The Democratic Party’s obsession with Hollywood celebrities was bound to blow up. The party’s reliance on the entertainment industry reached a crescendo during the 2016 presidential campaign when, according to the Wrap, at least 167 Hollywood elites endorsed Hillary Clinton. And these were not passive endorsements. For Democrats, celebrities became a meaningful source of money, message delivery and even a tool for crowd-building at Clinton’s anemic campaign events.

Anyway, Clinton lost and Donald Trump became president. And then came Harvey Weinstein, who, after having long been celebrated and enabled by the Democratic Party establishment, is now being exiled.

But with some 30 women accusing Weinstein of offenses ranging from sexual harassment to rape, is the Weinstein scandal big enough to cause a break between the Democratic Party and the entertainment industry? The answer is no.

In January, I cited a useful piece written by New York Post writer and editor Maureen Callahan, “Why celebrity endorsements didn’t help Hillary at all,” and her words warrant repeating: “That those who have money, fame, privilege and status and have no cause to worry — and fail to do so — can only further divide the country and alienate those who, rightly, feel unseen, unheard and looked down upon.” And after Clinton lost, Callahan wrote, “those celebrities who reacted publicly often did so with a pungent brew of self-pity, condescension and didacticism.”

Today, rather than pause and reflect, many Democrats, led by no less than Clinton, are attempting to deflect from the outcry over Weinstein and the long cover-up of his behavior by citing Trump — as if he is equally guilty. He is not. Clinton, who is obviously conflicted on the subject as she has a history of targeting women who have accused her husband of sexual assault and of enabling the alleged serial abuser, actually said, “Look, we just elected someone who admitted sexual assault to the presidency.”

When I saw that comment, I was stunned to the point that I thought it might have been a spoof written by the Onion. The hypocrisy on display is stunning.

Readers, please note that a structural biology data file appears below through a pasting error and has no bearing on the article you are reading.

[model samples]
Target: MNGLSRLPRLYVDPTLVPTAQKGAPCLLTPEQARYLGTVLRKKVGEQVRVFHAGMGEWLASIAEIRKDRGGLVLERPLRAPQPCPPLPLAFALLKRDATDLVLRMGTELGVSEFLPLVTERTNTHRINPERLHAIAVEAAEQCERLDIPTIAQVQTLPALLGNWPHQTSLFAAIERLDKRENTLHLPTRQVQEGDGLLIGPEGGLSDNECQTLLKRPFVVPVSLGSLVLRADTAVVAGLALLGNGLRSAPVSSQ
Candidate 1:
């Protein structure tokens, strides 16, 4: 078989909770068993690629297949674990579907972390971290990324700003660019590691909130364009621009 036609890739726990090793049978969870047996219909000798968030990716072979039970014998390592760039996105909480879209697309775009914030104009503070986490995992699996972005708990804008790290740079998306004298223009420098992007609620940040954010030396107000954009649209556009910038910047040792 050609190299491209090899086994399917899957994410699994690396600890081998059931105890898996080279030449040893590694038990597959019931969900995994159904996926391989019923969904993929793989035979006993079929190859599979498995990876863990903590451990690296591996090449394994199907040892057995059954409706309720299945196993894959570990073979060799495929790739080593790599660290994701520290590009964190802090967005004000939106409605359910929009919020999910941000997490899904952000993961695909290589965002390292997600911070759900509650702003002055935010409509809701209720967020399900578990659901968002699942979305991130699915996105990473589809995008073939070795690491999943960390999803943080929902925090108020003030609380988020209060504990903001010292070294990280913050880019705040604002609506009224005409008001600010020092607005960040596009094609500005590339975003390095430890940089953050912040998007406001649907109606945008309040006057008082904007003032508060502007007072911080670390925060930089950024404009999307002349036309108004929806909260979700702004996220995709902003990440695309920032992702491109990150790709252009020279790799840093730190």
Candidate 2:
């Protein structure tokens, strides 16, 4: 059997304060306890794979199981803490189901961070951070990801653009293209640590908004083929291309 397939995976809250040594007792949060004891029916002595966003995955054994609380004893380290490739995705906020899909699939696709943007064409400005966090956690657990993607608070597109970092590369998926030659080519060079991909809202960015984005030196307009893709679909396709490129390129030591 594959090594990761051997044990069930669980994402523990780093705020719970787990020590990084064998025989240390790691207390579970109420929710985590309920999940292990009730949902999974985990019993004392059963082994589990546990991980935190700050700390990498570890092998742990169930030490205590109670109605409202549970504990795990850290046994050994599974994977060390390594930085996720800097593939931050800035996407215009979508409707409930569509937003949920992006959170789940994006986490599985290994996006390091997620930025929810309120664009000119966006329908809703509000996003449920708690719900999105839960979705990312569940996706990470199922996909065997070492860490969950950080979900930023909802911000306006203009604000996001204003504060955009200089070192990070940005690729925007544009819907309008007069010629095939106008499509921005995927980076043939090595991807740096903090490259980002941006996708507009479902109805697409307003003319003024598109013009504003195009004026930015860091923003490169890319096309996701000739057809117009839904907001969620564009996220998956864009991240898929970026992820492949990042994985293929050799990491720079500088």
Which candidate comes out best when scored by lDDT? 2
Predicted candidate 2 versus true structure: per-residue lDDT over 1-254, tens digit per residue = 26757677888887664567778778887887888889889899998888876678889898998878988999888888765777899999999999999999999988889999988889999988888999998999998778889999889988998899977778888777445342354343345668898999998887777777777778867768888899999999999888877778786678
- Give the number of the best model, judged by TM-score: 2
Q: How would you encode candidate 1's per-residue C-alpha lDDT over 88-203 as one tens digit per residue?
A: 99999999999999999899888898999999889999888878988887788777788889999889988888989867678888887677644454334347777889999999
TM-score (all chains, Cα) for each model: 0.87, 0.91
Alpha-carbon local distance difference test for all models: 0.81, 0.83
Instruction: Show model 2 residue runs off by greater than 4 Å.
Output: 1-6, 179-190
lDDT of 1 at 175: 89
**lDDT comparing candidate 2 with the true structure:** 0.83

It is a sure sign of the Democrats’ detachment that they thought being surrounded by Hollywood’s liberal stars would deliver votes. In Clinton’s case, her appeal was so narrow that she began to rely on the rich and famous to not just provide extra flare at rallies, but also to actually be the headline attraction at her campaign events while she was just making an appearance on the sidelines.

So, what will the half-life of the Weinstein scandal’s impact be? Call me a cynic, but the Democrats will stick with Hollywood and there will be more Harvey Weinsteins. The Democrats need Hollywood and Hollywood is legendary for this behavior. Some Democrats knew this about Weinstein, and it is safe to say they probably know it about others today. The Democrats tolerate it because they are convinced that the star power — and the money — is worth it.

The Democrats need the type of Hollywood show-ponies that Weinstein could control, in part because beyond criticizing Trump, Democrats really don’t have a lot to say. They have become beholden to the special interests of entertainment industry elites, trial lawyers, environmentalists and an assortment of groups with a grievance. The entertainment industry is a core part of the Democratic coalition. Period.

Yet, Democrats are quickly moving on from the Weinstein scandal. While some have superficially distanced themselves from the now-disgraced mega-donor, the fact is that Democrats are largely holding on to his money. According to Politico, the Democratic National Committee has gotten rid of only a mere 10 percent of Weinstein’s $300,000 in contributions.

But is any of this a surprise? After all, you reap what you sow. And the Democrats’ addiction to Hollywood is permanent. They are in denial. Addicts can’t kick their habit unless they are committed to doing so.

Ed Rogers is a political consultant and veteran of the Ronald Reagan and George H.W. Bush White Houses. He is the chairman of the lobbying and communications firm BGR Group, which he founded with former Mississippi governor Haley Barbour in 1991.